While transportation meetings on various area rail projects can range from A) informational yet a bit dull to B) hysterical, sometimes involving cowbells -- this weekend's primer on the Crenshaw light-rail project at the Christ the Good Shepherd Episcopal Church was a funky change of pace. Instead of a formal presentation, organizers put out six long tables covered with Google Map-like images of the Leimert Park area, where the LAX to Expo Line-traveling Crenshaw line will traverse. Also on the table: Blocks, miniature buses, and Play-doh. Inspired by the blocks and Legos used by planning guru James Rojas, attendees were encouraged to use the materials to help them decide where they wanted their stop (the Leimert Park station is still optional, but if built will probably be underground), and how they wanted planning to commence around the stops. Metro people then took notes on the suggestions (i.e. more mixed-use on Crenshaw, tearing down of fast food restaurants).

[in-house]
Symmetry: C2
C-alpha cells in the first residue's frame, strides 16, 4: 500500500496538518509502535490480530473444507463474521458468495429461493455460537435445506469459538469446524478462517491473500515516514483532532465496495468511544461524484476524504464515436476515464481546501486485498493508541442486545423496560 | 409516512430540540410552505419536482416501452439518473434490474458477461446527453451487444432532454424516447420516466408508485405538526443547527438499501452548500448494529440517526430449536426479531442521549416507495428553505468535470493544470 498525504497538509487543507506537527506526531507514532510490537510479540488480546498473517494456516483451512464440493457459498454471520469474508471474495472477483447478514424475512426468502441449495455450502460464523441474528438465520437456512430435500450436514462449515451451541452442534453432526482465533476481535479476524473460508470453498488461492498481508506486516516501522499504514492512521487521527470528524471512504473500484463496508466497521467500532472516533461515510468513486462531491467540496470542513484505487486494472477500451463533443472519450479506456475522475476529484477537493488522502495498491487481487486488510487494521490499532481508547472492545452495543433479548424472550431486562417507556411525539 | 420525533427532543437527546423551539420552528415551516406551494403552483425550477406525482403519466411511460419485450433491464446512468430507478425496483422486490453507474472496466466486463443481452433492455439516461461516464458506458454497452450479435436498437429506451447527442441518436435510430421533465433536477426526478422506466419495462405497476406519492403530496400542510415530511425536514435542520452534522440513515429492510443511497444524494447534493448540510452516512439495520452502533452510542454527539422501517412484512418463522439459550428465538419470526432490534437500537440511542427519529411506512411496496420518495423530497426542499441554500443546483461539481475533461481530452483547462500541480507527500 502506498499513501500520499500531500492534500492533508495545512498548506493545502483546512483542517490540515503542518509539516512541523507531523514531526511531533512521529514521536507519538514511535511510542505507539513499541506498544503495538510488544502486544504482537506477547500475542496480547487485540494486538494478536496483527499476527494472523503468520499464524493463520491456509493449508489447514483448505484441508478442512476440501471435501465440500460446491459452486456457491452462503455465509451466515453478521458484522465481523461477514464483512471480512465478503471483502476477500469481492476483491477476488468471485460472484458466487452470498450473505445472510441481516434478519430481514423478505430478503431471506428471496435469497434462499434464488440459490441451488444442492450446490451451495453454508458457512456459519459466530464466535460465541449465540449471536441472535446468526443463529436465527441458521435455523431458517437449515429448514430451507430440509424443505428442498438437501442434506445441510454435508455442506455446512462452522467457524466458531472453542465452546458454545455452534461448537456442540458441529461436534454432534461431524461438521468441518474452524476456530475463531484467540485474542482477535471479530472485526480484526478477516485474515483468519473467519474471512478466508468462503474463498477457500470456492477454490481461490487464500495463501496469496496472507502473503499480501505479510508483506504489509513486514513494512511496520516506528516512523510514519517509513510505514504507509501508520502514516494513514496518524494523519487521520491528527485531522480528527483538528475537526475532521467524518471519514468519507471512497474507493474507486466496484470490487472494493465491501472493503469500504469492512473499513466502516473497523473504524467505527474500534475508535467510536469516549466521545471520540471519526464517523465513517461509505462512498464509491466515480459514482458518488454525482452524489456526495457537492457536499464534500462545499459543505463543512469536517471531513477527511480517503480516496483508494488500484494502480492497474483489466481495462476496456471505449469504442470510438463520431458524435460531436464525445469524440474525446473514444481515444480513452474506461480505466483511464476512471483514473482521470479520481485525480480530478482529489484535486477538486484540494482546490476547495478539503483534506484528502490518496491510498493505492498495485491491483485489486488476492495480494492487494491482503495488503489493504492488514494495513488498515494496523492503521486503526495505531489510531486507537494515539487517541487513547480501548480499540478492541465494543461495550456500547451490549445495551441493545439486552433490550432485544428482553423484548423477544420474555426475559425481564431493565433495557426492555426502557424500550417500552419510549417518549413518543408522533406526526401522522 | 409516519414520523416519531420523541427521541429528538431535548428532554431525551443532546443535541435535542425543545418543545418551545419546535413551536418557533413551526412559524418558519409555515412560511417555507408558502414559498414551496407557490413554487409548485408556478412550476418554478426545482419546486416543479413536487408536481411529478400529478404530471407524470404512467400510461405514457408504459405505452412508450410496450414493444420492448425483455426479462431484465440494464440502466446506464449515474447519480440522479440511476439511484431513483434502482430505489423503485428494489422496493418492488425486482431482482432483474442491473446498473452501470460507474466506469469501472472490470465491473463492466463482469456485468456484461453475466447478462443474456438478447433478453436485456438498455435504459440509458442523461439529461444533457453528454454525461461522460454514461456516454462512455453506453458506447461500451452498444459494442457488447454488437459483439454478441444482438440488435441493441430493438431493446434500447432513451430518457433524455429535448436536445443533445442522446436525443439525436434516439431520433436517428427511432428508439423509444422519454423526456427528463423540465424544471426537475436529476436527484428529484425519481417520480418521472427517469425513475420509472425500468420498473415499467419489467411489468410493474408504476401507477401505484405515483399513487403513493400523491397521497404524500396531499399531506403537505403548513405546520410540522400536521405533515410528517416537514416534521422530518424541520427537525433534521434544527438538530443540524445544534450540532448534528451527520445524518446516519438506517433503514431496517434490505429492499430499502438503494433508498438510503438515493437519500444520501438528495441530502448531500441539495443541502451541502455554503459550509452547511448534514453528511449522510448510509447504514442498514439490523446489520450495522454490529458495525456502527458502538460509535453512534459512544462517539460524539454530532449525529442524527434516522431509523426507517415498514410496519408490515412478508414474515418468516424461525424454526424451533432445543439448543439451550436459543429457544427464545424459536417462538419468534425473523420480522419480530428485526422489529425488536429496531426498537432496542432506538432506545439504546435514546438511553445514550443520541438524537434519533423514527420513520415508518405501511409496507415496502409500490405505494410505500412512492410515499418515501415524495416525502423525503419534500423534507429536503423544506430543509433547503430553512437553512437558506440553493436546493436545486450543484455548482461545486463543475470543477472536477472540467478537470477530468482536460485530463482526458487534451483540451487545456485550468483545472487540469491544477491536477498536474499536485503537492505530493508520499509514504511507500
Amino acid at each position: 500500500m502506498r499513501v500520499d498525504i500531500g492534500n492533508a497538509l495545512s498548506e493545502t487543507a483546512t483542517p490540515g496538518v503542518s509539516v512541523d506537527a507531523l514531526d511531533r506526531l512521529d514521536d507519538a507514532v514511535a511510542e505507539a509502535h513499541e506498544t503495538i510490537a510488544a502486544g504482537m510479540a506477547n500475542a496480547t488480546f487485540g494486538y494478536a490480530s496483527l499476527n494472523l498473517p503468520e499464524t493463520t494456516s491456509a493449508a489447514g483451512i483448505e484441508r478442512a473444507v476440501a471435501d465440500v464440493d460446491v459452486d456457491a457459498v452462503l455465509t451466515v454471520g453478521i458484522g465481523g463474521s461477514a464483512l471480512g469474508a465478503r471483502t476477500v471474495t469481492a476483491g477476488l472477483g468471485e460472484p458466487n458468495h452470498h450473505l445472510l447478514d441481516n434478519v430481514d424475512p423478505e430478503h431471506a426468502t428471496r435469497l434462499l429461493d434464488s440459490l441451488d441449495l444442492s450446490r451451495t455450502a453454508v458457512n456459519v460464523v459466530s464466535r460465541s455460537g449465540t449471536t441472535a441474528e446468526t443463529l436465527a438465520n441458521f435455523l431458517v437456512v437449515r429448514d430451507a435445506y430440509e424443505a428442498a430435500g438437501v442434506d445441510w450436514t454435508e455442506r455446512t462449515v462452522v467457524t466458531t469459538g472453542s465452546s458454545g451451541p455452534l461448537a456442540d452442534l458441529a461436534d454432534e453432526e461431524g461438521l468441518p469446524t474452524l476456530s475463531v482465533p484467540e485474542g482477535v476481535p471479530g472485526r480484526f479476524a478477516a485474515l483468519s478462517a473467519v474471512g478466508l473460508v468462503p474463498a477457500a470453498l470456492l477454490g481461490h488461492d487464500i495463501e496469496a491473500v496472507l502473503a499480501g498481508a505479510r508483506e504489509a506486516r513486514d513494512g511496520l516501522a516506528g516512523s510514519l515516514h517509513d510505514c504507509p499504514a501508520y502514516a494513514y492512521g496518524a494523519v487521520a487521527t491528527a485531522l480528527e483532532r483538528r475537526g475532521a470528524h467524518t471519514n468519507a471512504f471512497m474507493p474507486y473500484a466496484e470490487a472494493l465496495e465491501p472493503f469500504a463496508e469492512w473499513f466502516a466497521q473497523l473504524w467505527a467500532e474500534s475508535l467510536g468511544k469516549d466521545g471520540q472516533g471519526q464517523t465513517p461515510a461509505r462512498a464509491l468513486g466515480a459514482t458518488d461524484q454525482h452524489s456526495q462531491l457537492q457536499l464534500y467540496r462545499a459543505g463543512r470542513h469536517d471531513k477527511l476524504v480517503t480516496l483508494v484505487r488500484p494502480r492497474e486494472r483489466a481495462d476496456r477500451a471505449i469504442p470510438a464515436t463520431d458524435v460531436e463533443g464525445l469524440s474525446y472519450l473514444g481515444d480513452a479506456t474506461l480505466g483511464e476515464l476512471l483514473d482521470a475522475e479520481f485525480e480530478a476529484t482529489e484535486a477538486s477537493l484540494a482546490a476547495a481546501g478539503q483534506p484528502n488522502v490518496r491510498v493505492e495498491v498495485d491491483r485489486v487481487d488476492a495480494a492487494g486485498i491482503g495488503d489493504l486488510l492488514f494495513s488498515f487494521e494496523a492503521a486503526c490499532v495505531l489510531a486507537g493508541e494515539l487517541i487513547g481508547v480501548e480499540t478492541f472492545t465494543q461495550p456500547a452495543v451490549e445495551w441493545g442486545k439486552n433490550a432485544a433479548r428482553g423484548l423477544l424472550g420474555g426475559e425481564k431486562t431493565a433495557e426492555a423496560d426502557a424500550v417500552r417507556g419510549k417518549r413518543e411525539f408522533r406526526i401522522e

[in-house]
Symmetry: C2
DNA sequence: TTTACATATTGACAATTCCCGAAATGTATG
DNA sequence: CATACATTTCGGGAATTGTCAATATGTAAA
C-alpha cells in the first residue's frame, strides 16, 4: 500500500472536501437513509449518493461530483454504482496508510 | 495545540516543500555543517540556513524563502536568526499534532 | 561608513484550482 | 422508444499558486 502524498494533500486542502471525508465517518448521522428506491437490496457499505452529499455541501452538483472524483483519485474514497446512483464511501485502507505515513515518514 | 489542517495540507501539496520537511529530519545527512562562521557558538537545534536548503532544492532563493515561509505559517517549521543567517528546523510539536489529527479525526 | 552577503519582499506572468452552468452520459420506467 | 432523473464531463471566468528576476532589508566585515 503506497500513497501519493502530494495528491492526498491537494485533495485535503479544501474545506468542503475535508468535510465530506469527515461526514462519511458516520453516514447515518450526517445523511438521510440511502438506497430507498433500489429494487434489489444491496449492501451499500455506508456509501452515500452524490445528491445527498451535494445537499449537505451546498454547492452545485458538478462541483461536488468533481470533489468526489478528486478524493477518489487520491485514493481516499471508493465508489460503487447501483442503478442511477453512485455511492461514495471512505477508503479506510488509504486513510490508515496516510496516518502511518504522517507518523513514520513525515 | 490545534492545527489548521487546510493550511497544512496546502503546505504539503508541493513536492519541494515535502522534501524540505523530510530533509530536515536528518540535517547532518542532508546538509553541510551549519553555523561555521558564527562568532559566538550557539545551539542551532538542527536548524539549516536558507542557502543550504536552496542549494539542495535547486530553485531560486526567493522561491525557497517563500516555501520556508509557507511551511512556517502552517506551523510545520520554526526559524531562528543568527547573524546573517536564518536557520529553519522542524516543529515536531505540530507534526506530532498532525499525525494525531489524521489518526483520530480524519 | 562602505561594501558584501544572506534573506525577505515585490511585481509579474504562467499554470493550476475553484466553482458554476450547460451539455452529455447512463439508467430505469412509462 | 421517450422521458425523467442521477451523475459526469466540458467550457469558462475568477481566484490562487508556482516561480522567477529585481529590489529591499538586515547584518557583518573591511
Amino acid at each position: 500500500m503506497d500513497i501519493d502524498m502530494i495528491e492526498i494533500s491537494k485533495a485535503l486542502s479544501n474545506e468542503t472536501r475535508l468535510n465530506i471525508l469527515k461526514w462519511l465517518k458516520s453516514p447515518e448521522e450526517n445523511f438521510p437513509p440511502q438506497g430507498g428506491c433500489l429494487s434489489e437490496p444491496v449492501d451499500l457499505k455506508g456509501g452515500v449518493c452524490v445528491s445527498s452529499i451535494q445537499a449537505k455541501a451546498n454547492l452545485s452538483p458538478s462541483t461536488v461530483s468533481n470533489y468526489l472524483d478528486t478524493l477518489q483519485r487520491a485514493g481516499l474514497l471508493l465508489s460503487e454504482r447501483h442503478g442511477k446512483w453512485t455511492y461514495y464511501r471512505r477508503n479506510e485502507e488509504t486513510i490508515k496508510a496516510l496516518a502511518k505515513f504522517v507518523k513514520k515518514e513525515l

The line will connect to LAX and project manager Roderick Diaz tells us that the decision on how to do that exactly will be made by the airport commission--it will either be a people mover, ala JFK's AirTran, or a rail extension closer to the airport (which will probably require a shuttle to the terminals). Diaz said the airport is planning to begin studying the matter beginning later this season or in the summer. Metro's locally preferred alternatives for the line, including what stations make the cut and where the maintenance facility will be, will be chosen at the end of this year. *Another point made by Diaz was that some Green Line trains would travel to the Crenshaw airport stop; so there would be no transferring required. Basically, the Crenshaw line will fulfill the need for the Green Line extension to the airport.
The entire line, which will have six or seven stations both underground, aerial, and at-grade, is scheduled to open in about eight years. A northern extension connecting to the Wilshire subway is a ways off, Diaz says. The project's head architect, Anil Verma, was pleased with the turn-out at the Saturday event, saying, "I've been working in transportation in LA since 1980 and if you had a meeting like this then, 90% of the people were against [the project]. Not anymore."
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